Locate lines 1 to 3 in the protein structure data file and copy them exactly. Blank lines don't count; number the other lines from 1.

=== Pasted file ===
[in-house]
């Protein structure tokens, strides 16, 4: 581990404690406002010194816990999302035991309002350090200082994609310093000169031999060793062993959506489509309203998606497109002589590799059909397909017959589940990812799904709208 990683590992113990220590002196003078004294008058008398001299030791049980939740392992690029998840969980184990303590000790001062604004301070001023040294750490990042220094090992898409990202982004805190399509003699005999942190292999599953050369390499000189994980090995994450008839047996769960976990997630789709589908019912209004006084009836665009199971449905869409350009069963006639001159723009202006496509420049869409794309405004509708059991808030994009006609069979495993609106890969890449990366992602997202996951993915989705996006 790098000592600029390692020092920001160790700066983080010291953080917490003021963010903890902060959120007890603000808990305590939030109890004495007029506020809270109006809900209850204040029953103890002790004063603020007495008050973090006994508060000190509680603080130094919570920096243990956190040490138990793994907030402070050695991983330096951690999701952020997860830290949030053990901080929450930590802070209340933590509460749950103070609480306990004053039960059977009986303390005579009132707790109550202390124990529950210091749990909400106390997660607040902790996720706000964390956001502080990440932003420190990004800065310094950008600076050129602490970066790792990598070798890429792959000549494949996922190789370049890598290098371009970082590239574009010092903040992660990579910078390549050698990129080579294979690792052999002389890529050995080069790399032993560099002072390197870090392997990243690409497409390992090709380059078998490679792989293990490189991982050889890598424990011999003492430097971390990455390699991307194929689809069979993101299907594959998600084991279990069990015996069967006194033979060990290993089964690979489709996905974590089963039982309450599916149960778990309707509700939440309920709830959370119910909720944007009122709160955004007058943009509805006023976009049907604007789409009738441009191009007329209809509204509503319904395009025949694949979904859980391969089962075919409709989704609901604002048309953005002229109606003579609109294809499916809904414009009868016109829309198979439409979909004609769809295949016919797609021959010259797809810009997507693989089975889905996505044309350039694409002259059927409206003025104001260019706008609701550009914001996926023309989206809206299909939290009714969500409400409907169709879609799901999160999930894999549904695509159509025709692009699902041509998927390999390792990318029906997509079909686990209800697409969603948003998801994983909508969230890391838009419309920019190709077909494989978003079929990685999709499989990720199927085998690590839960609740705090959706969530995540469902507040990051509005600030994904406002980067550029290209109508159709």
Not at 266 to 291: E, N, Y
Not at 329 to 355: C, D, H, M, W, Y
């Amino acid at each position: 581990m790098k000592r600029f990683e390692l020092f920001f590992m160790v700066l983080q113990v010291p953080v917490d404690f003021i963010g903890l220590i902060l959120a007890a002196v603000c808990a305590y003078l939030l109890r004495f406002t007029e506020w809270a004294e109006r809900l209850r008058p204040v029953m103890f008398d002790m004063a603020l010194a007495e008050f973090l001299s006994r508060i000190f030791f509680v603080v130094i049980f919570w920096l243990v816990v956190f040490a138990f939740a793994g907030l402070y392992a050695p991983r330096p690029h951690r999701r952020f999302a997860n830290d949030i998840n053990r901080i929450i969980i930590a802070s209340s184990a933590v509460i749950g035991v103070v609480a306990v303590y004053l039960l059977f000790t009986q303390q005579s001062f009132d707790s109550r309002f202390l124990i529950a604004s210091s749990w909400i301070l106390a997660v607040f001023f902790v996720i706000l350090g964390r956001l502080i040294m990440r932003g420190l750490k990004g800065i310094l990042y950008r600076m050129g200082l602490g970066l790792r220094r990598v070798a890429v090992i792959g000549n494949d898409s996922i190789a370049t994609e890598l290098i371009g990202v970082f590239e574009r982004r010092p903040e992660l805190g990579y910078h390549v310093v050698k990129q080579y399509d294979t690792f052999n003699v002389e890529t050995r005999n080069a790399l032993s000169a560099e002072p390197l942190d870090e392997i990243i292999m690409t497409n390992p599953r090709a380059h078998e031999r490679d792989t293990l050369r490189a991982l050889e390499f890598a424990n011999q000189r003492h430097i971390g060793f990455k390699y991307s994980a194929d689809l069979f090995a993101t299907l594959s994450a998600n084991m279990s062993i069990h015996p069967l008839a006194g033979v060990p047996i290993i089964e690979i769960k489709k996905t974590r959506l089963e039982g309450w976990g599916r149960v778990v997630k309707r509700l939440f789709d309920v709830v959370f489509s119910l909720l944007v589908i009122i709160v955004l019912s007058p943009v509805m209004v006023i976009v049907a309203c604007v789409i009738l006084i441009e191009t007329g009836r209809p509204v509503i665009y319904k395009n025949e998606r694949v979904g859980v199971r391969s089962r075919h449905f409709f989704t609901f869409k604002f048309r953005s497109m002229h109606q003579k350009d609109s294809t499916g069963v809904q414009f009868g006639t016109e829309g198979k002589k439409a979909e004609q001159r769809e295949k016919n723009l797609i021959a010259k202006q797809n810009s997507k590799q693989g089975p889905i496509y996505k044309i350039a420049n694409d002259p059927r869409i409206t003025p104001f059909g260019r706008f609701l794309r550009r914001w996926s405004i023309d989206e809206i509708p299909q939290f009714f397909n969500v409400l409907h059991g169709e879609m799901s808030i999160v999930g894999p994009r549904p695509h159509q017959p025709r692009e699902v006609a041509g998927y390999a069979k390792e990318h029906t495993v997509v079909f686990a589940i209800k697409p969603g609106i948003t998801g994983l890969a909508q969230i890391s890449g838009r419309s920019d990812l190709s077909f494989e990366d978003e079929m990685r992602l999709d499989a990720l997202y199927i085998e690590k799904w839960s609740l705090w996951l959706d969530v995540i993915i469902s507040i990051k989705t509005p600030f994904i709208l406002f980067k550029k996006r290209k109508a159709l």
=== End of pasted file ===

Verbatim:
[in-house]
């Protein structure tokens, strides 16, 4: 581990404690406002010194816990999302035991309002350090200082994609310093000169031999060793062993959506489509309203998606497109002589590799059909397909017959589940990812799904709208 990683590992113990220590002196003078004294008058008398001299030791049980939740392992690029998840969980184990303590000790001062604004301070001023040294750490990042220094090992898409990202982004805190399509003699005999942190292999599953050369390499000189994980090995994450008839047996769960976990997630789709589908019912209004006084009836665009199971449905869409350009069963006639001159723009202006496509420049869409794309405004509708059991808030994009006609069979495993609106890969890449990366992602997202996951993915989705996006 790098000592600029390692020092920001160790700066983080010291953080917490003021963010903890902060959120007890603000808990305590939030109890004495007029506020809270109006809900209850204040029953103890002790004063603020007495008050973090006994508060000190509680603080130094919570920096243990956190040490138990793994907030402070050695991983330096951690999701952020997860830290949030053990901080929450930590802070209340933590509460749950103070609480306990004053039960059977009986303390005579009132707790109550202390124990529950210091749990909400106390997660607040902790996720706000964390956001502080990440932003420190990004800065310094950008600076050129602490970066790792990598070798890429792959000549494949996922190789370049890598290098371009970082590239574009010092903040992660990579910078390549050698990129080579294979690792052999002389890529050995080069790399032993560099002072390197870090392997990243690409497409390992090709380059078998490679792989293990490189991982050889890598424990011999003492430097971390990455390699991307194929689809069979993101299907594959998600084991279990069990015996069967006194033979060990290993089964690979489709996905974590089963039982309450599916149960778990309707509700939440309920709830959370119910909720944007009122709160955004007058943009509805006023976009049907604007789409009738441009191009007329209809509204509503319904395009025949694949979904859980391969089962075919409709989704609901604002048309953005002229109606003579609109294809499916809904414009009868016109829309198979439409979909004609769809295949016919797609021959010259797809810009997507693989089975889905996505044309350039694409002259059927409206003025104001260019706008609701550009914001996926023309989206809206299909939290009714969500409400409907169709879609799901999160999930894999549904695509159509025709692009699902041509998927390999390792990318029906997509079909686990209800697409969603948003998801994983909508969230890391838009419309920019190709077909494989978003079929990685999709499989990720199927085998690590839960609740705090959706969530995540469902507040990051509005600030994904406002980067550029290209109508159709």
Not at 266 to 291: E, N, Y